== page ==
How to Use Feedback to Level Up Your Writing

Design your writing journey to reward incremental progress

“I write very quickly; I rewrite very slowly. It takes me nearly as long to rewrite a book as it does to get the first draft.”-John Irving, author of Cider House Rules

When I completed the first draft of my middle grade fantasy I knew it needed some work, but I still loved the plot and hoped someone would recognize its promise. Eagerly, I sent it to a literary consultant for feedback. I imagined the literary consultant liking my story so much she shared it with all her agent and publisher friends. Ha!

When the report arrived I tore open the envelope with trembling hands. This was it! The fate of my first book rested in this report.

Except that it didn’t. The report was in no way a determining factor for the success or failure of my first novel. It was merely the first step in a long journey to write the best book I could.

The consultant’s report contained 10-pages of constructive criticism. The words broke my heart, but later changed the trajectory of my writing journey. True, it offered damning evidence of my amateur attempt to write a novel. My novel’s point of view jumped around, the plot didn’t work as a standalone book, and my main character was flat and uninteresting.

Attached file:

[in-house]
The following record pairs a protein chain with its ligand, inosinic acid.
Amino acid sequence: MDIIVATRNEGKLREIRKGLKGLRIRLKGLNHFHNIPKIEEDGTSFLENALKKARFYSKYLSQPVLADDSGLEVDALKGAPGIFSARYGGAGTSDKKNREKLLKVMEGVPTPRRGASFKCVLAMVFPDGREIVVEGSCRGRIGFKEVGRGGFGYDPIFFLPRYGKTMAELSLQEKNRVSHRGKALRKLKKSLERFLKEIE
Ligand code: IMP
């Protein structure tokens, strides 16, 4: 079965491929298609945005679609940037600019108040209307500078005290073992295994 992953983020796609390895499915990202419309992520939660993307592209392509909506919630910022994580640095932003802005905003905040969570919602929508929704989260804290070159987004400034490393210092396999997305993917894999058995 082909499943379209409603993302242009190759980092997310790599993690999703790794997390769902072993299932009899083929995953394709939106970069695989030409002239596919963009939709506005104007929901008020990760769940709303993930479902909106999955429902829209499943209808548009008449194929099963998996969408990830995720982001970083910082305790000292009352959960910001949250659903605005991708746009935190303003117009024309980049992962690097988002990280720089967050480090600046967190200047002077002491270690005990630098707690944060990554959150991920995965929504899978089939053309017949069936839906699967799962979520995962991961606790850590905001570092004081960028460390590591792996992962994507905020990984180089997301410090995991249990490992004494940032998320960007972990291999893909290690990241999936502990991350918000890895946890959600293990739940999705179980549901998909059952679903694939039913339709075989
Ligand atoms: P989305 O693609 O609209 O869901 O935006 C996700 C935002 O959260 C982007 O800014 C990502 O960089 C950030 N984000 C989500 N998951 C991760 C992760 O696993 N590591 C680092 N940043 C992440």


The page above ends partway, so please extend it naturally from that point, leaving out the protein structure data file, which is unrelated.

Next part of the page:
As time passed, I realized there was a wealth of helpful advice in the report. When I was able to look at it neutrally, I saw encouragement as well as criticism. I still loved my idea so I decided to rewrite my novel using the literary consultant’s concrete advice to level up my writing.

The Psychology of Gaming and the Power of Leveling Up

What is it about video games that keeps children, teens, and even some adults coming back for more even when they fail to beat the game?

“Games insert players at their achievable challenge level and reward player effort and practice with acknowledgment of incremental goal progress, not just final product.”-Judy Willis MD, neurologist and teacher, Edutopia

The key here is the acknowledgment of incremental goal progress. When gamers earn tokens, achieve badges, or hear celebratory music, it’s like a pat on the back. They are recognized for growth even if they haven’t passed the game.

However, the real excitement comes when a gamer meets a challenge and levels up. “When the brain receives that feedback that this progress has been made, it reinforces the networks used to succeed. Through a feedback system, that neuronal circuit becomes stronger and more durable.” Memory of the actions used to meet the challenge and achieve the dopamine hit are reinforced.